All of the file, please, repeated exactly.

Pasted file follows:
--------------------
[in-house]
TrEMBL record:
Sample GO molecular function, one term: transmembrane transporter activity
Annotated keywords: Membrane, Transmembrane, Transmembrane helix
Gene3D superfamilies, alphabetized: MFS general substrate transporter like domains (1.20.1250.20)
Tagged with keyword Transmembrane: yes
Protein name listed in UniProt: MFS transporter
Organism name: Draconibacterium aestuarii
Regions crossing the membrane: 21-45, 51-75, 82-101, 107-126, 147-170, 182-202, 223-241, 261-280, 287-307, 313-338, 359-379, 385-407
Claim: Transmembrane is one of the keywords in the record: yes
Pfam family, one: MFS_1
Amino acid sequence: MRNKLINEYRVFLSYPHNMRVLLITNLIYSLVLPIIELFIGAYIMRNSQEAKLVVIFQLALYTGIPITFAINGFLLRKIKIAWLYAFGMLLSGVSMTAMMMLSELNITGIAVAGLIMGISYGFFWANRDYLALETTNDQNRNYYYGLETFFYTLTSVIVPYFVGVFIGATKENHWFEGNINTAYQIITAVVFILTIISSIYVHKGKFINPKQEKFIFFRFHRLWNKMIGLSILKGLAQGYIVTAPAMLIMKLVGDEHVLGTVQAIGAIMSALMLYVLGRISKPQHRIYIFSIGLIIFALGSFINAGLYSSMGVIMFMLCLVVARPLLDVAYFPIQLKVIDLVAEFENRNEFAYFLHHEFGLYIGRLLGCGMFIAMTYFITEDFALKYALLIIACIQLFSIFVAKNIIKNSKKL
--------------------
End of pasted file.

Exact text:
[in-house]
TrEMBL record:
Sample GO molecular function, one term: transmembrane transporter activity
Annotated keywords: Membrane, Transmembrane, Transmembrane helix
Gene3D superfamilies, alphabetized: MFS general substrate transporter like domains (1.20.1250.20)
Tagged with keyword Transmembrane: yes
Protein name listed in UniProt: MFS transporter
Organism name: Draconibacterium aestuarii
Regions crossing the membrane: 21-45, 51-75, 82-101, 107-126, 147-170, 182-202, 223-241, 261-280, 287-307, 313-338, 359-379, 385-407
Claim: Transmembrane is one of the keywords in the record: yes
Pfam family, one: MFS_1
Amino acid sequence: MRNKLINEYRVFLSYPHNMRVLLITNLIYSLVLPIIELFIGAYIMRNSQEAKLVVIFQLALYTGIPITFAINGFLLRKIKIAWLYAFGMLLSGVSMTAMMMLSELNITGIAVAGLIMGISYGFFWANRDYLALETTNDQNRNYYYGLETFFYTLTSVIVPYFVGVFIGATKENHWFEGNINTAYQIITAVVFILTIISSIYVHKGKFINPKQEKFIFFRFHRLWNKMIGLSILKGLAQGYIVTAPAMLIMKLVGDEHVLGTVQAIGAIMSALMLYVLGRISKPQHRIYIFSIGLIIFALGSFINAGLYSSMGVIMFMLCLVVARPLLDVAYFPIQLKVIDLVAEFENRNEFAYFLHHEFGLYIGRLLGCGMFIAMTYFITEDFALKYALLIIACIQLFSIFVAKNIIKNSKKL